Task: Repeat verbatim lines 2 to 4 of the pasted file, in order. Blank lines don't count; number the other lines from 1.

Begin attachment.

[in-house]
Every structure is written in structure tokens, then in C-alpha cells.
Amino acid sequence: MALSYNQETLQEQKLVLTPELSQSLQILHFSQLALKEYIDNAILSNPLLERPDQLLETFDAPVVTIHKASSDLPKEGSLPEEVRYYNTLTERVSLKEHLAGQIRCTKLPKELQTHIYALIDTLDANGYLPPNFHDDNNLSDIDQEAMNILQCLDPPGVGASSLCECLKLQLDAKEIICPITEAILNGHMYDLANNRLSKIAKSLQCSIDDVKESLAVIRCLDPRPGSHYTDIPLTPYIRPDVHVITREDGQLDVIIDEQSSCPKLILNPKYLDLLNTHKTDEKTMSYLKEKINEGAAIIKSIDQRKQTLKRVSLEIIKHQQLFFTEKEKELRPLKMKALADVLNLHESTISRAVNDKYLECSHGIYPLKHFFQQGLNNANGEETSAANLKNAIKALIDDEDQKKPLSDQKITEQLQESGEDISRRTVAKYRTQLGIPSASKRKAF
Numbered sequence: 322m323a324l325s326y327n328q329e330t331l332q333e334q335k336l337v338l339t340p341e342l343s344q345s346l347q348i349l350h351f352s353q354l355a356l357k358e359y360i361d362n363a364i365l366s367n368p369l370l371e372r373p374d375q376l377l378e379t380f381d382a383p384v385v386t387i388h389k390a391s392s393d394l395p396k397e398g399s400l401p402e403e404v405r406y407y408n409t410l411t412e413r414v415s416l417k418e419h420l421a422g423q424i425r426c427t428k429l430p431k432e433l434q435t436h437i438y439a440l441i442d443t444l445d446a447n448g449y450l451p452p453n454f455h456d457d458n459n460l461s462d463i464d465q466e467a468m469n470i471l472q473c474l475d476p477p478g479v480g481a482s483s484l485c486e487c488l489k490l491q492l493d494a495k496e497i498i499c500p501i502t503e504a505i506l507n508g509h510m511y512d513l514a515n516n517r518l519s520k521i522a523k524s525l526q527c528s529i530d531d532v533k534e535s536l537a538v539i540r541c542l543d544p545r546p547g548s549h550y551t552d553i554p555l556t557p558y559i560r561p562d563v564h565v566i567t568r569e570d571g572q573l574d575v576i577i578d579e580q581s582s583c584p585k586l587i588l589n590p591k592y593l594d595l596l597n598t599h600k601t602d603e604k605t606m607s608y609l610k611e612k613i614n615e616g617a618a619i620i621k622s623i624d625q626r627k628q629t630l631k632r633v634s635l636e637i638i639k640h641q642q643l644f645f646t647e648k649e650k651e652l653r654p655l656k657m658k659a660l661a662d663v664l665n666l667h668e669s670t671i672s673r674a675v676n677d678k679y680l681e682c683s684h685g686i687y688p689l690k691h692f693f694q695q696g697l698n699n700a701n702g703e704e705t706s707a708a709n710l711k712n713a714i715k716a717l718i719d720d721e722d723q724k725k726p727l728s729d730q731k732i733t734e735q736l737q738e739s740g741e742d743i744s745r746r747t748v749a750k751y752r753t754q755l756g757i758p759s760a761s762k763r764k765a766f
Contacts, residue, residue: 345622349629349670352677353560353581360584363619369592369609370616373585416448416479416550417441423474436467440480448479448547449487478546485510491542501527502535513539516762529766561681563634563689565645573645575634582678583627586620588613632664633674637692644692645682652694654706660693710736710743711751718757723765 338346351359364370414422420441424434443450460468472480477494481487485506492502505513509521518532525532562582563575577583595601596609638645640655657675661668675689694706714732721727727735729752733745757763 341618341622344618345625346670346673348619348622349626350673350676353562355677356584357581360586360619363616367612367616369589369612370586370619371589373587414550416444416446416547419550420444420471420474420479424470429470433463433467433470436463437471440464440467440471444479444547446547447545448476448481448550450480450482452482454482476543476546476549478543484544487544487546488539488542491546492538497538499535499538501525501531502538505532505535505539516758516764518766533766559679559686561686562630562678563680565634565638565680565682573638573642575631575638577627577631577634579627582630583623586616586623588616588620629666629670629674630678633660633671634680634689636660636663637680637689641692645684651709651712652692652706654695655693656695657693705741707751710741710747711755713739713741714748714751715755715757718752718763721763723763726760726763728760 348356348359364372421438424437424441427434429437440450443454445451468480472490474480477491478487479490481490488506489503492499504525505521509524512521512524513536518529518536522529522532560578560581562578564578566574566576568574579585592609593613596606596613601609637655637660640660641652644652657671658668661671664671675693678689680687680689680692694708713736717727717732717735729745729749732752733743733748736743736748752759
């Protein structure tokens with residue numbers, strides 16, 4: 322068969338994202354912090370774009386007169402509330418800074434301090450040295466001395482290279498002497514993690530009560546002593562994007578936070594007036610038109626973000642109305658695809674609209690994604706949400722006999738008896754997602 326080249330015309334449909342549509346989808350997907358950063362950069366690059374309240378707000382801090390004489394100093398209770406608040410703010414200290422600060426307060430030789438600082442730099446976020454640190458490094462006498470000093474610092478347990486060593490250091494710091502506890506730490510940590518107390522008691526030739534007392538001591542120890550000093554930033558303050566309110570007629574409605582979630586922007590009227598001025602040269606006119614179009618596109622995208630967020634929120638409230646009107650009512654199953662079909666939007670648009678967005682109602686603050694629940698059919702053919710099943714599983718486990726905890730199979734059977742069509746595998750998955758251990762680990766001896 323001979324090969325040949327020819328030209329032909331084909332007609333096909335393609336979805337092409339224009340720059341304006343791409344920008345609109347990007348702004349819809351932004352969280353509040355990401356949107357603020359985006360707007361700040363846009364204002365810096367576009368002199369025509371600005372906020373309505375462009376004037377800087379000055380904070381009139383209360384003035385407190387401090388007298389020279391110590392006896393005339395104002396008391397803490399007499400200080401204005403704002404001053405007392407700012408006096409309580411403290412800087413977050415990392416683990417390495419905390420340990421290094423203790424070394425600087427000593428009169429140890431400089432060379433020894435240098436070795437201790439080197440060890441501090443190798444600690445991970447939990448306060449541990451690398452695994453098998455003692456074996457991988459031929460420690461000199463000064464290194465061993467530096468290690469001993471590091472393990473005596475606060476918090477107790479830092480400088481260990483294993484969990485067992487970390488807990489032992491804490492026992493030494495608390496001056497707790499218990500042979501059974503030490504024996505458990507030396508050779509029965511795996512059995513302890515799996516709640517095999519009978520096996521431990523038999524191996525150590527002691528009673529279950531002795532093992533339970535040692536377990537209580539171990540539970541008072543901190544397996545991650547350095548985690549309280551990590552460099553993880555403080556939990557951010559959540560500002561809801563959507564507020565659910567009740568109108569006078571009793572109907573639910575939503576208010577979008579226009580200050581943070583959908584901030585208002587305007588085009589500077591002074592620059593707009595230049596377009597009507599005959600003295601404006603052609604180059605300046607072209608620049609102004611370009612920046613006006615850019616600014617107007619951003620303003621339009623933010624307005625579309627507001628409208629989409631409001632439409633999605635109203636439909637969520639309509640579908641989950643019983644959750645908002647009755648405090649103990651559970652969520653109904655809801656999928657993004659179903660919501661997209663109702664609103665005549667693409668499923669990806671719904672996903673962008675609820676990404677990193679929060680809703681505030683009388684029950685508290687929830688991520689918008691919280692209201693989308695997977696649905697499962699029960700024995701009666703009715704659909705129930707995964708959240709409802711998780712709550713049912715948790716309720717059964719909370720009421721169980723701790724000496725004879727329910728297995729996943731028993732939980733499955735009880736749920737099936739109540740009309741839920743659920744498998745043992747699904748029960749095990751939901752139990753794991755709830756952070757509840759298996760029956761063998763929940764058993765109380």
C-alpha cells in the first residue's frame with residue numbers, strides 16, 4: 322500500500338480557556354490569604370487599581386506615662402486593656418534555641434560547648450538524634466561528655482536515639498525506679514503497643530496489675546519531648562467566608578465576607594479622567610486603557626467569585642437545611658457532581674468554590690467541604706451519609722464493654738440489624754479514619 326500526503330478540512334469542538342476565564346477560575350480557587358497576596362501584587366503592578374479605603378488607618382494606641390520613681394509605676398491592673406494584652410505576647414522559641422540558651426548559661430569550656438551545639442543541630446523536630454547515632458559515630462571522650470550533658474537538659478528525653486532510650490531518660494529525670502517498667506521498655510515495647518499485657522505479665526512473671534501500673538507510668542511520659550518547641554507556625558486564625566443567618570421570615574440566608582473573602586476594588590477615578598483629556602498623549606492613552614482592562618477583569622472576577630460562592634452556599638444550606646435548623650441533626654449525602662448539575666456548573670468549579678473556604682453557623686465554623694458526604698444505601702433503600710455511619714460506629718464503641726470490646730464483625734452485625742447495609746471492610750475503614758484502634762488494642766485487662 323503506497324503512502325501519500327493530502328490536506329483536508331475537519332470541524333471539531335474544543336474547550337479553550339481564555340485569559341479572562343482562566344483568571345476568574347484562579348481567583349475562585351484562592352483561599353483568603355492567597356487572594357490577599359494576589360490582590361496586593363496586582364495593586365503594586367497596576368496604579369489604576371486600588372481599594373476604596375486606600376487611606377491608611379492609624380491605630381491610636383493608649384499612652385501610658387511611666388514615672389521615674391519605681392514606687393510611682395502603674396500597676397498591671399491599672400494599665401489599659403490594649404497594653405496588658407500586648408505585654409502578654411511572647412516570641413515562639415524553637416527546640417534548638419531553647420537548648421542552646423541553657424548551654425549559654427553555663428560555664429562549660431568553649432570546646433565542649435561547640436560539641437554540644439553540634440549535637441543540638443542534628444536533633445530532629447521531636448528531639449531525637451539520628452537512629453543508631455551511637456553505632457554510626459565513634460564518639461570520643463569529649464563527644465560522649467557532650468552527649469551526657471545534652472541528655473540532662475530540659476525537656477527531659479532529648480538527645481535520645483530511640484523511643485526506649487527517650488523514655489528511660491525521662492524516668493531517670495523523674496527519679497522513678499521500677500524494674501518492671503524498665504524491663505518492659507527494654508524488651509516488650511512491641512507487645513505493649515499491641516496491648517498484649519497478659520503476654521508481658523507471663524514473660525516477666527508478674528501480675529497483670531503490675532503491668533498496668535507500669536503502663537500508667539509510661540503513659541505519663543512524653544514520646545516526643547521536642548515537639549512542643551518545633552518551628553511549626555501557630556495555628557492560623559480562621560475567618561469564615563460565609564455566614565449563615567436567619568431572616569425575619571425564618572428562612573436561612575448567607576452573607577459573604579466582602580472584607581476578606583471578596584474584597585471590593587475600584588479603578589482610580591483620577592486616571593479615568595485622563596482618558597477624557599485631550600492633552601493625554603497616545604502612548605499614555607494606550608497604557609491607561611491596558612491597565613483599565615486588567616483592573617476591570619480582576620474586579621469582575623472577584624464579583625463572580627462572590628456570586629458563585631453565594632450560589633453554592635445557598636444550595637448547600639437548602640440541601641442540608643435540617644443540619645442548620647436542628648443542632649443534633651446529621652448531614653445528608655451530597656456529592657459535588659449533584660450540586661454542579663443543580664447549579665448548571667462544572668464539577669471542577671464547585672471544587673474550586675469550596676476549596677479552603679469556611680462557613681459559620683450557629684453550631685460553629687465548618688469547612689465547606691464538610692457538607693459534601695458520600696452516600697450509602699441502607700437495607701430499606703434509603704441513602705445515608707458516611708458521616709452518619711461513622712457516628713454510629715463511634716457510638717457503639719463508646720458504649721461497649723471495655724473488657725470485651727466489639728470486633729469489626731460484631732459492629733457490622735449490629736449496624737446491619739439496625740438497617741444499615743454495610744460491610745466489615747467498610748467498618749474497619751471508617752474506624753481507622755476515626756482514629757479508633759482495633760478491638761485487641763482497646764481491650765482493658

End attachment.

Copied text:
Every structure is written in structure tokens, then in C-alpha cells.
Amino acid sequence: MALSYNQETLQEQKLVLTPELSQSLQILHFSQLALKEYIDNAILSNPLLERPDQLLETFDAPVVTIHKASSDLPKEGSLPEEVRYYNTLTERVSLKEHLAGQIRCTKLPKELQTHIYALIDTLDANGYLPPNFHDDNNLSDIDQEAMNILQCLDPPGVGASSLCECLKLQLDAKEIICPITEAILNGHMYDLANNRLSKIAKSLQCSIDDVKESLAVIRCLDPRPGSHYTDIPLTPYIRPDVHVITREDGQLDVIIDEQSSCPKLILNPKYLDLLNTHKTDEKTMSYLKEKINEGAAIIKSIDQRKQTLKRVSLEIIKHQQLFFTEKEKELRPLKMKALADVLNLHESTISRAVNDKYLECSHGIYPLKHFFQQGLNNANGEETSAANLKNAIKALIDDEDQKKPLSDQKITEQLQESGEDISRRTVAKYRTQLGIPSASKRKAF
Numbered sequence: 322m323a324l325s326y327n328q329e330t331l332q333e334q335k336l337v338l339t340p341e342l343s344q345s346l347q348i349l350h351f352s353q354l355a356l357k358e359y360i361d362n363a364i365l366s367n368p369l370l371e372r373p374d375q376l377l378e379t380f381d382a383p384v385v386t387i388h389k390a391s392s393d394l395p396k397e398g399s400l401p402e403e404v405r406y407y408n409t410l411t412e413r414v415s416l417k418e419h420l421a422g423q424i425r426c427t428k429l430p431k432e433l434q435t436h437i438y439a440l441i442d443t444l445d446a447n448g449y450l451p452p453n454f455h456d457d458n459n460l461s462d463i464d465q466e467a468m469n470i471l472q473c474l475d476p477p478g479v480g481a482s483s484l485c486e487c488l489k490l491q492l493d494a495k496e497i498i499c500p501i502t503e504a505i506l507n508g509h510m511y512d513l514a515n516n517r518l519s520k521i522a523k524s525l526q527c528s529i530d531d532v533k534e535s536l537a538v539i540r541c542l543d544p545r546p547g548s549h550y551t552d553i554p555l556t557p558y559i560r561p562d563v564h565v566i567t568r569e570d571g572q573l574d575v576i577i578d579e580q581s582s583c584p585k586l587i588l589n590p591k592y593l594d595l596l597n598t599h600k601t602d603e604k605t606m607s608y609l610k611e612k613i614n615e616g617a618a619i620i621k622s623i624d625q626r627k628q629t630l631k632r633v634s635l636e637i638i639k640h641q642q643l644f645f646t647e648k649e650k651e652l653r654p655l656k657m658k659a660l661a662d663v664l665n666l667h668e669s670t671i672s673r674a675v676n677d678k679y680l681e682c683s684h685g686i687y688p689l690k691h692f693f694q695q696g697l698n699n700a701n702g703e704e705t706s707a708a709n710l711k712n713a714i715k716a717l718i719d720d721e722d723q724k725k726p727l728s729d730q731k732i733t734e735q736l737q738e739s740g741e742d743i744s745r746r747t748v749a750k751y752r753t754q755l756g757i758p759s760a761s762k763r764k765a766f